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April 8, 2013 12:13 am
The attractions of central London for overseas investors were underscored in data showing commercial property sales of £2.75bn for the first three months of the year, more than two-thirds accounted for by international buyers.
Foreign buyers made up 71 per cent of the sales figure, reinforcing London’s status as a property market favourite among US, Middle Eastern and Asian investors.
But the total value of transactions fell by 31 per cent on the previous quarter, when it reached £3.98bn, according to figures from Cushman & Wakefield, the property advisory group.
The decline reflected a lack of available commercial property in central London, particularly in the West End, the group said. Much of the total was accounted for by a few large deals.
These include Ropemaker Place in the City of London, bought for £472m by Axa Real Estate; 5 Canada Square in Canary Wharf, acquired by St Martins, the Kuwaiti government property fund, for £383m; Woolgate Exchange, a City building snapped up for about £265m by TPG and Ivanhoe Cambridge of Canada; and the £225m sale of Palestra, a building on the south bank of the Thames, to Deka of Germany.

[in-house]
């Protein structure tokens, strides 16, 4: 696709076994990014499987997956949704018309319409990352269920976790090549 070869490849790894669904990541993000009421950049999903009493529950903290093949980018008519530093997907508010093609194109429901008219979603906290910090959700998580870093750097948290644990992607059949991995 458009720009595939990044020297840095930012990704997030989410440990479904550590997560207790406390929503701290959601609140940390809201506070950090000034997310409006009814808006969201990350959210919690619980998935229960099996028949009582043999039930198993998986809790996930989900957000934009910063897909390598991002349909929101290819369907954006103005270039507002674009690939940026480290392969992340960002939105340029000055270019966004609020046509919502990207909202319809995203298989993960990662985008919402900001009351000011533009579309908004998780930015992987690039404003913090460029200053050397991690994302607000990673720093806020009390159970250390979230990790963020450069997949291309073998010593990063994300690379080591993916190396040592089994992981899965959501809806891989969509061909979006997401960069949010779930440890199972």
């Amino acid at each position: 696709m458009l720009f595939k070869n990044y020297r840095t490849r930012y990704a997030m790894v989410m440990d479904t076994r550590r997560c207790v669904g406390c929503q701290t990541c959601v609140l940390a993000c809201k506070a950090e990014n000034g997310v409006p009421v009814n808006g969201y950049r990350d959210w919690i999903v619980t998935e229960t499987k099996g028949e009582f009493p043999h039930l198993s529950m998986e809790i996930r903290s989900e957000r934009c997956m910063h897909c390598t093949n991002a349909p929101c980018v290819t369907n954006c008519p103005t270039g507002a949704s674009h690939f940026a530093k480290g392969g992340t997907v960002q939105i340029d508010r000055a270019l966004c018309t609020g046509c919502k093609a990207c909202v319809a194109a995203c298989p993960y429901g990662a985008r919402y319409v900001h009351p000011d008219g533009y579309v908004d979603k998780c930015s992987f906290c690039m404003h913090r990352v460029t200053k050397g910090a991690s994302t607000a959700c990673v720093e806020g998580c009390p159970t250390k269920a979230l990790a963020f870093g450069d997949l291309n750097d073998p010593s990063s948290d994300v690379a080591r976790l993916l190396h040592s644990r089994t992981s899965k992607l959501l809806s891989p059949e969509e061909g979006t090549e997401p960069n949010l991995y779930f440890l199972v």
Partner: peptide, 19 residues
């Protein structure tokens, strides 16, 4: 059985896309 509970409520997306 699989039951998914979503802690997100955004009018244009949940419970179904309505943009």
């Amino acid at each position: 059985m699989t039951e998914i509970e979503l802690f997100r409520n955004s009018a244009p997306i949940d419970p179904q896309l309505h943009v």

Bill Tyser said: “Whilst there are concerns over the availability of stock to meet this intensified demand, there are also signs of profit-taking emerging from investors who acquire property at the beginning of this ‘crisis cycle’.”
In London’s West End, £965m worth of property changed hands in the first three months of 2013, down from £1.21bn in the same quarter in 2012. Numbers of transactions also fell from 40 to 33.
The largest deals included 151 Buckingham Palace Road, bought for about £205m by Lembaga Tabung Haji, or the Malaysian pilgrims fund, and 17-18 Old Bond Street, sold to its tenant Prada for about £90m.
Overseas investors accounted for 51 per cent of purchases, Cushman & Wakefield said. It added that over £400m of property was awaiting completion after exchange, with another £1.46bn under offer. Many owners in the West End were unwilling to sell as the cost of breaking loan agreements to make a sale would be too high, it said.
Mike Tremayne, head of West End investment at Cushman & Wakefield, said: “Whilst the lack of available stock in the West End restrained investment volumes in the last quarter, the market continues to act as a target for overseas and domestic investors alike.”
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